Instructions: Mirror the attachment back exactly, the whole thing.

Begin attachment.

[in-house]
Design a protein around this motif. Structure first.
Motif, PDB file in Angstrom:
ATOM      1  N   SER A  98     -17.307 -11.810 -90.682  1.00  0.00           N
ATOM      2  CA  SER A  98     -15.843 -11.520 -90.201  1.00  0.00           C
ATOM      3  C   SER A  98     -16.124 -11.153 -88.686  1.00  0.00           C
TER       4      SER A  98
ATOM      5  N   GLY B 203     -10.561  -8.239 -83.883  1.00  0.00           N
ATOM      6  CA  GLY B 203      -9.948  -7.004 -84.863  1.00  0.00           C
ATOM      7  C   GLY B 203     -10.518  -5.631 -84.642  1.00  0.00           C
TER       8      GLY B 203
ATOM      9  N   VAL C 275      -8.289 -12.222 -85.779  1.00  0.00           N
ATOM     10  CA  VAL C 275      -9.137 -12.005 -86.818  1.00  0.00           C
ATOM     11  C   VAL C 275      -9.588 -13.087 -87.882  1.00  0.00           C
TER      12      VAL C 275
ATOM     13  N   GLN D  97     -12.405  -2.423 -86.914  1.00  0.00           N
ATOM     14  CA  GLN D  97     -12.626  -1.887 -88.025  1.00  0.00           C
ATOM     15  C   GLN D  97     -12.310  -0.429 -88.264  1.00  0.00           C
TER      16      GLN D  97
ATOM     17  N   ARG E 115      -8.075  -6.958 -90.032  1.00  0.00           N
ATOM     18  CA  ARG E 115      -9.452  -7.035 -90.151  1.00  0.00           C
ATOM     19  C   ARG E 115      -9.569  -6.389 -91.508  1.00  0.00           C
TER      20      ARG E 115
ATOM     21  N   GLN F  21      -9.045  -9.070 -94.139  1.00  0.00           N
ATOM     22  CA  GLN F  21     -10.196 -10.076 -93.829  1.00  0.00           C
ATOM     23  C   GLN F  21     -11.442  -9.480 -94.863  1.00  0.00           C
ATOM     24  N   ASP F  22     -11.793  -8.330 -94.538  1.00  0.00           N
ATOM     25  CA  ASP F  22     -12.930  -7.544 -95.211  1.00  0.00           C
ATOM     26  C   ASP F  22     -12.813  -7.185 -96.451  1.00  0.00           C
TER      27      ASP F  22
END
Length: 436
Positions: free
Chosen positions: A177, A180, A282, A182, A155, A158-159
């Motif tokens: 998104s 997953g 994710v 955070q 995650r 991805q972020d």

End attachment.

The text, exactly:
[in-house]
Design a protein around this motif. Structure first.
Motif, PDB file in Angstrom:
ATOM      1  N   SER A  98     -17.307 -11.810 -90.682  1.00  0.00           N
ATOM      2  CA  SER A  98     -15.843 -11.520 -90.201  1.00  0.00           C
ATOM      3  C   SER A  98     -16.124 -11.153 -88.686  1.00  0.00           C
TER       4      SER A  98
ATOM      5  N   GLY B 203     -10.561  -8.239 -83.883  1.00  0.00           N
ATOM      6  CA  GLY B 203      -9.948  -7.004 -84.863  1.00  0.00           C
ATOM      7  C   GLY B 203     -10.518  -5.631 -84.642  1.00  0.00           C
TER       8      GLY B 203
ATOM      9  N   VAL C 275      -8.289 -12.222 -85.779  1.00  0.00           N
ATOM     10  CA  VAL C 275      -9.137 -12.005 -86.818  1.00  0.00           C
ATOM     11  C   VAL C 275      -9.588 -13.087 -87.882  1.00  0.00           C
TER      12      VAL C 275
ATOM     13  N   GLN D  97     -12.405  -2.423 -86.914  1.00  0.00           N
ATOM     14  CA  GLN D  97     -12.626  -1.887 -88.025  1.00  0.00           C
ATOM     15  C   GLN D  97     -12.310  -0.429 -88.264  1.00  0.00           C
TER      16      GLN D  97
ATOM     17  N   ARG E 115      -8.075  -6.958 -90.032  1.00  0.00           N
ATOM     18  CA  ARG E 115      -9.452  -7.035 -90.151  1.00  0.00           C
ATOM     19  C   ARG E 115      -9.569  -6.389 -91.508  1.00  0.00           C
TER      20      ARG E 115
ATOM     21  N   GLN F  21      -9.045  -9.070 -94.139  1.00  0.00           N
ATOM     22  CA  GLN F  21     -10.196 -10.076 -93.829  1.00  0.00           C
ATOM     23  C   GLN F  21     -11.442  -9.480 -94.863  1.00  0.00           C
ATOM     24  N   ASP F  22     -11.793  -8.330 -94.538  1.00  0.00           N
ATOM     25  CA  ASP F  22     -12.930  -7.544 -95.211  1.00  0.00           C
ATOM     26  C   ASP F  22     -12.813  -7.185 -96.451  1.00  0.00           C
TER      27      ASP F  22
END
Length: 436
Positions: free
Chosen positions: A177, A180, A282, A182, A155, A158-159
């Motif tokens: 998104s 997953g 994710v 955070q 995650r 991805q972020d």